Coming from India to Thailand I didn’t know what hit me. From complete chaos and disorder I stepped into a world of structure, order and tourism. From camels in the streets and young children playing at every corner, I came to a city of young backpackers getting drunk. I just didn’t know what to do. All inspiration was gone in a second.
Of course this is something happening in my head. If you look at it, Bangkok is a great and diverse city offering more than enough opportunity to take good photos. But it just didn’t do it for me. Specially after the huge amount of pictures I had taken in India. I just turned blank.
I found myself sitting at a little cafe, eating some springrolls and wondering what in the world to do next. The more I wanted to make interesting work, the less I knew what to do. The pressure of a blog, a facebookpage and a flickr account didn’t really make me sit back and relax either.
In the end I figured out this is exactly what I need to do… sit back, relax, admit to myself that I don’t know what to shoot at this moment and just except the fact that I don’t know what to do for a while.
I’ve been traveling India now for about one and a half month. I’ve seen a lot and there’s many more to come. On the program are Amritsar, city of the golden temple, Rajasthan with it’s blue city Johdpur and its pink city Jaipur, countless colored saris and the endless yellow sands of the dessert. The white sandy beaches of the Andaman Islands are still a place I want to see and there is so many many more.
The crazy thing is, I’m going to show you all these places without color, as I have totally fallen in love with the Leica Monochrom. There were some times I wanted to grab the M9 again, sometimes I even did… but even most of those pictures I ended up converting in Silver Efex Pro. To me the lack of color, takes away the distraction of just that same color. All is suddenly stripped down to emotion, movement, light and energy. Yes color is one of the most obvious in India, but what is left when you take away the most obvious ends up to be often a lot more interesting.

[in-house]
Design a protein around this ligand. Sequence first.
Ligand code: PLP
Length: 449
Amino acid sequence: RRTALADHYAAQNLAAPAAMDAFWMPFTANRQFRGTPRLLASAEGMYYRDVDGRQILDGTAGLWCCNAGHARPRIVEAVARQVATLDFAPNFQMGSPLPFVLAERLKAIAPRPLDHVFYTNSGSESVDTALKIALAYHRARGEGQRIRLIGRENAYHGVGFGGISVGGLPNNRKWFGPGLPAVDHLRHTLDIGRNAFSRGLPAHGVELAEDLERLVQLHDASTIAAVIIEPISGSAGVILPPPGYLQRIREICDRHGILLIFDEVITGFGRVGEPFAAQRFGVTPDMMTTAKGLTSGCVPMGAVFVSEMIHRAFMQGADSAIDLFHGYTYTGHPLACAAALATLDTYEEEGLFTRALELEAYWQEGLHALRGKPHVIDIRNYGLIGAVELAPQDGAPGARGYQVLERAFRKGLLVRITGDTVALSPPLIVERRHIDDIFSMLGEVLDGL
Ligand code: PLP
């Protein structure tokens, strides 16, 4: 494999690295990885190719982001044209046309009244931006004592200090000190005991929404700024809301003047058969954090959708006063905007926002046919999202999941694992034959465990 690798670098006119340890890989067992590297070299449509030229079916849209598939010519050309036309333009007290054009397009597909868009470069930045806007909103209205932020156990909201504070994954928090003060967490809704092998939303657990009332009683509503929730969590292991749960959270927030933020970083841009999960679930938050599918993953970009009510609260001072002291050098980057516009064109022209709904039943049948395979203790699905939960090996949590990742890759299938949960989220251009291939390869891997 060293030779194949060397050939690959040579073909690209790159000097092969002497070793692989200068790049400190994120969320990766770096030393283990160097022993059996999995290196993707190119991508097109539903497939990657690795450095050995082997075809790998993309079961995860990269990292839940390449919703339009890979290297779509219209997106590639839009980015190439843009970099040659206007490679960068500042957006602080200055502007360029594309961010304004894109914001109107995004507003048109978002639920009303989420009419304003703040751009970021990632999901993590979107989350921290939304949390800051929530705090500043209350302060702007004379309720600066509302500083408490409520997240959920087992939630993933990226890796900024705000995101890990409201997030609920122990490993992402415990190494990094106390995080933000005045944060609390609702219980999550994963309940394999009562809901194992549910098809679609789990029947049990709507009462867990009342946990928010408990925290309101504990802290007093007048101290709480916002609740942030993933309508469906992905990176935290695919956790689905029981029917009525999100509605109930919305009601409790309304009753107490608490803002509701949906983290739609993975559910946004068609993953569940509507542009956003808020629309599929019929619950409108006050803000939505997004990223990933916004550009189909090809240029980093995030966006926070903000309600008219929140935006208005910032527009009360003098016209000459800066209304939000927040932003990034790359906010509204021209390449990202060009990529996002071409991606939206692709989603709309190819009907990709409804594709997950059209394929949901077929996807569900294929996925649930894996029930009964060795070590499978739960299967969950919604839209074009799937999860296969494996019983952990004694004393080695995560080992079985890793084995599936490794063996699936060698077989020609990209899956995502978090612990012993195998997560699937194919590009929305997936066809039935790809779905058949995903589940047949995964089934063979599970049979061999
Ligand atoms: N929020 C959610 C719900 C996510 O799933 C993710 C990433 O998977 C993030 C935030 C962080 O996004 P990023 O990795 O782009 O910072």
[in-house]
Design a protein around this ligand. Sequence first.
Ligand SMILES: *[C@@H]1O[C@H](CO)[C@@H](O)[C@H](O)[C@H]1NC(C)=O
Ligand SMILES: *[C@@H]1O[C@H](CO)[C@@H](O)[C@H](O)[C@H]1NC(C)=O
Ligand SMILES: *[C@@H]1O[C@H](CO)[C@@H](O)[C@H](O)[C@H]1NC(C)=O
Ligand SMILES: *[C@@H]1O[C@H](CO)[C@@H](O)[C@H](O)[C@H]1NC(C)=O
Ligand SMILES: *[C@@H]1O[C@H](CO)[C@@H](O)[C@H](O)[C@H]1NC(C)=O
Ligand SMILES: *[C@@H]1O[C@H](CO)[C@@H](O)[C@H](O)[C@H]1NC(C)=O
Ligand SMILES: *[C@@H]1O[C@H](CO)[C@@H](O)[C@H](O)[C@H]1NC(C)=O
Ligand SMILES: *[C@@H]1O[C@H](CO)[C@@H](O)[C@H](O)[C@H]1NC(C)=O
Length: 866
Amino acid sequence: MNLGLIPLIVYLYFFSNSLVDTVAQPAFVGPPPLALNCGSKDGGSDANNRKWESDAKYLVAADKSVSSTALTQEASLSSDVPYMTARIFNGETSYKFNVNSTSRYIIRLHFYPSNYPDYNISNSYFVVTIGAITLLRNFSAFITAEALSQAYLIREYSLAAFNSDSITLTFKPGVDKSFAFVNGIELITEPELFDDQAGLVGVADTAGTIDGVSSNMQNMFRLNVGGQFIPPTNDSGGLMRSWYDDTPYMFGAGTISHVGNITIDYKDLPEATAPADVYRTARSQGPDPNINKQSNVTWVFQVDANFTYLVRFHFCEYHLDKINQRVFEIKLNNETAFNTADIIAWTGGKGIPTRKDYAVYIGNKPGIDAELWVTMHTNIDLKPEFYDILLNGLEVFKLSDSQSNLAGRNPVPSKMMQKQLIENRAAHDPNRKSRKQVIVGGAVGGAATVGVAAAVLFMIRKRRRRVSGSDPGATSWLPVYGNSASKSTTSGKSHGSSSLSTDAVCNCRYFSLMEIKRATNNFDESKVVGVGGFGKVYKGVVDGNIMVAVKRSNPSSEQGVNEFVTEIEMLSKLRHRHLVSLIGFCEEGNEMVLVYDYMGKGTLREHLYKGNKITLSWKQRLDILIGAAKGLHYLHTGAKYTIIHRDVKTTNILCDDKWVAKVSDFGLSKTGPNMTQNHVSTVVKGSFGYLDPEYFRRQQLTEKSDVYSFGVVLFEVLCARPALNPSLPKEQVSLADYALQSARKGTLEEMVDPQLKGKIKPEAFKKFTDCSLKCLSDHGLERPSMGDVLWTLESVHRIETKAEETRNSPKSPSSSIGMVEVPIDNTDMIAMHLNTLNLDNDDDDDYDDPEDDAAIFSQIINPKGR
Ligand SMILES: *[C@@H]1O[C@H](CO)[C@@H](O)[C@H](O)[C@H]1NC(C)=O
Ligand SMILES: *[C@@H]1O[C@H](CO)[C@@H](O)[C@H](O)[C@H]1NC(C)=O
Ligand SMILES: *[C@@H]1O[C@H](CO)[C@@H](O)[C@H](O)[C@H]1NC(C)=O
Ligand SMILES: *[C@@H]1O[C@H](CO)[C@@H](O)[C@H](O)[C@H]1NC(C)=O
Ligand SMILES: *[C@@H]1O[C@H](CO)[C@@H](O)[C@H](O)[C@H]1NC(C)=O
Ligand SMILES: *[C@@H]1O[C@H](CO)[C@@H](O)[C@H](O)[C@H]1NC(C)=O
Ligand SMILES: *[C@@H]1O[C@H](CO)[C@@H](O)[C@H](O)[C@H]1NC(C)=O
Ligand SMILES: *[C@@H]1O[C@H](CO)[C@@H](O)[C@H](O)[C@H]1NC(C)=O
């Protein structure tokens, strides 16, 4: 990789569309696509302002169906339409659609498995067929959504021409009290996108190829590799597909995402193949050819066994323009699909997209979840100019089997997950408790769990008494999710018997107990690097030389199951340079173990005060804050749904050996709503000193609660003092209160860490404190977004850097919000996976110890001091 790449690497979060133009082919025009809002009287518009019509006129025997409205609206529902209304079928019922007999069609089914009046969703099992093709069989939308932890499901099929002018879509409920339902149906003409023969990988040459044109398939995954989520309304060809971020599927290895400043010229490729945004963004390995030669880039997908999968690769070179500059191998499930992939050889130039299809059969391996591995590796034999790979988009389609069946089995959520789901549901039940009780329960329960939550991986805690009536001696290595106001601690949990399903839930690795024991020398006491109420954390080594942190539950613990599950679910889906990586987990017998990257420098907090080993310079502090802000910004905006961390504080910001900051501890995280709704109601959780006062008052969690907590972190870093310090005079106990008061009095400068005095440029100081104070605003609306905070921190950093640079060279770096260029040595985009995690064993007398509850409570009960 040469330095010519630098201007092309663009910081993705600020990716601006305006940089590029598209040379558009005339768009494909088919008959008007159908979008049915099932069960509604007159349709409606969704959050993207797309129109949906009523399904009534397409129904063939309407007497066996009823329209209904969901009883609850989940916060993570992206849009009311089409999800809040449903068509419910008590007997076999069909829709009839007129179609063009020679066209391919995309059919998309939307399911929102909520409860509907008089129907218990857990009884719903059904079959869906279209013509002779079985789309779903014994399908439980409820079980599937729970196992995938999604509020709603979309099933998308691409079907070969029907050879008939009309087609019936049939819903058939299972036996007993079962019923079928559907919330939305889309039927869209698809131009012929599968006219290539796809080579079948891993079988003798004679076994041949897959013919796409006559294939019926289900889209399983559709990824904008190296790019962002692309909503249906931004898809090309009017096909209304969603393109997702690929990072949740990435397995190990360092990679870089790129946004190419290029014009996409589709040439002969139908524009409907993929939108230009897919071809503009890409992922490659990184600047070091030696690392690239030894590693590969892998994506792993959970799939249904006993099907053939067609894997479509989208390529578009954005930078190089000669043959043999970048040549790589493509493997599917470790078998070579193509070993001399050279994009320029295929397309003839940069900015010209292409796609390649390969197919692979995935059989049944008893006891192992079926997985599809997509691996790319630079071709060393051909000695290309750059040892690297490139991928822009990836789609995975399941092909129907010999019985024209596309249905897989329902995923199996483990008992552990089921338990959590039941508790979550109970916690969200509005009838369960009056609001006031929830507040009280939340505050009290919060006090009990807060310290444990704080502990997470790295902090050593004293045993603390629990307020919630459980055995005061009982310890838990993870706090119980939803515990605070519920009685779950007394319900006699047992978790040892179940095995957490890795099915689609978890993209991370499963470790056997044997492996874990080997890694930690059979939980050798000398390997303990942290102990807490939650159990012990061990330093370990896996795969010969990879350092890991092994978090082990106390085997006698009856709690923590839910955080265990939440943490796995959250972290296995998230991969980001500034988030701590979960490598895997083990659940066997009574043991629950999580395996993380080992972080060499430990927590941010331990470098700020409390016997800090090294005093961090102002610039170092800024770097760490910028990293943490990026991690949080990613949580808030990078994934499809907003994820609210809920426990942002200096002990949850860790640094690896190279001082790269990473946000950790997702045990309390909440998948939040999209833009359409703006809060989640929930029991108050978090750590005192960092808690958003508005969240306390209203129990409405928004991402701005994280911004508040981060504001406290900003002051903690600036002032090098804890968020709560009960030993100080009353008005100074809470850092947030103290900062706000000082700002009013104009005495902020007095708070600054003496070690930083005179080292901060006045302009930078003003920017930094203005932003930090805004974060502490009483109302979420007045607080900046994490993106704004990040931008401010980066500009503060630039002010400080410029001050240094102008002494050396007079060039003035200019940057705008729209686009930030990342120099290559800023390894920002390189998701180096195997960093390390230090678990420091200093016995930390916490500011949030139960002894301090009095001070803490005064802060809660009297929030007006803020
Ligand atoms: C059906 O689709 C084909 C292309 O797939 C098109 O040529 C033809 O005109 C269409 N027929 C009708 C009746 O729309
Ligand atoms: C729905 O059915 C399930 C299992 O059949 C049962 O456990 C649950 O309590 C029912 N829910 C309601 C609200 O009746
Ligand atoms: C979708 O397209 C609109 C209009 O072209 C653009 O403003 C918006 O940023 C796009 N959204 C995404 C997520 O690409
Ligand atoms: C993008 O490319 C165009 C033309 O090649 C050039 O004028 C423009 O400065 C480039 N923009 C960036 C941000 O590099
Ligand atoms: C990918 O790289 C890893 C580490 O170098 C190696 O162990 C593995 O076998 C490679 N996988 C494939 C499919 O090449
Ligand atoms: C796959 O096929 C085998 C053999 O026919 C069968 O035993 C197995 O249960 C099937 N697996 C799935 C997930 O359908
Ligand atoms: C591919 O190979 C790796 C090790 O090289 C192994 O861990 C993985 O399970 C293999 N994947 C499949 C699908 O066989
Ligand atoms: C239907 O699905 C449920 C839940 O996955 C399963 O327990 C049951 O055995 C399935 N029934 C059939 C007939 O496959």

The fact that the Monochrom is so very defined in its dynamic range - specially in blacks - and that it is amazing in sharpness, makes this camera an absolute treat to work with. Because of the high ISO possibilities, combined with the Summicron 35mm it’s pretty much all I need to carry around, no flash needed.
I guess I’ve made the change I wanted to make, from DSLR to rangefinder. I now cary a small bag, light on my shoulder. It replaces the heavy load of 2.8 zoom lenses and 2 pro Nikon bodies. A bag that would easily top 10 kg. But I’ve taken it one step further. One step closer to, what to me has become the very basic of photography: One camera, one lens and a monochrome image. I feel lucky and grateful. I can roam the world, looking at it’s beauty and capture this in exactly the way I observe it. In its naked, vulnerable, most honest way. To me that’s in black & white… in Monochrom.
After a long period of time without posting “regular” blogs, it’s time to start where I have left of. Haven’t worked with the M9 for quite some time, so the title is accurate stating it’s a new start. One where I will try to put up some more post again.
As you maybe have read in the previous post, my life has made a drastic turn in the last month. This made me think about what I really want. Of course what I want in life, but also what I would like in my photography. Using the M9 in advertorial work has been hard. Most of the time I only have 15 minutes till half an hour to take a couple of portraits. The people I shoot have tight schedules and there is no second chance. As the M9 doesn’t support thetered shooting and the LCD doesn’t give me the security I need, I can’t really use it (yet) for that sort of assignments. I still rely on my DSLR for these assignments.
I do start to use the M9 for assignments where I have the time to shoot or I have more artistic freedom in terms of high contrast, motion blur, grain, black & white etc etc. Next to that, I try to use the camera a bit more in free work to get the feeling back again. Looking back at my post from Japan, Malawi and France I realize that this is where I want to put my focus. This is what I really want to do.
I’ll try to post more often, even if it’s just one or more pictures without a whole story. Here are a few pictures I took today and also a picture of myself taken by Sjoerd Walkier, a good friend of mine. I post processed all three pictures in SilverFX pro.
Leica M9 with a Summicron 35 mm at f2.0 - 1/60sec - ISO 200
Leica M9 with a Summicron 75mm at f4.8 - 1/45sec - ISO 400
Me, taken by Sjoerd Walkier
Leica M9 with a Summicron 35mm at f2.0 - 1/60 - ISO 200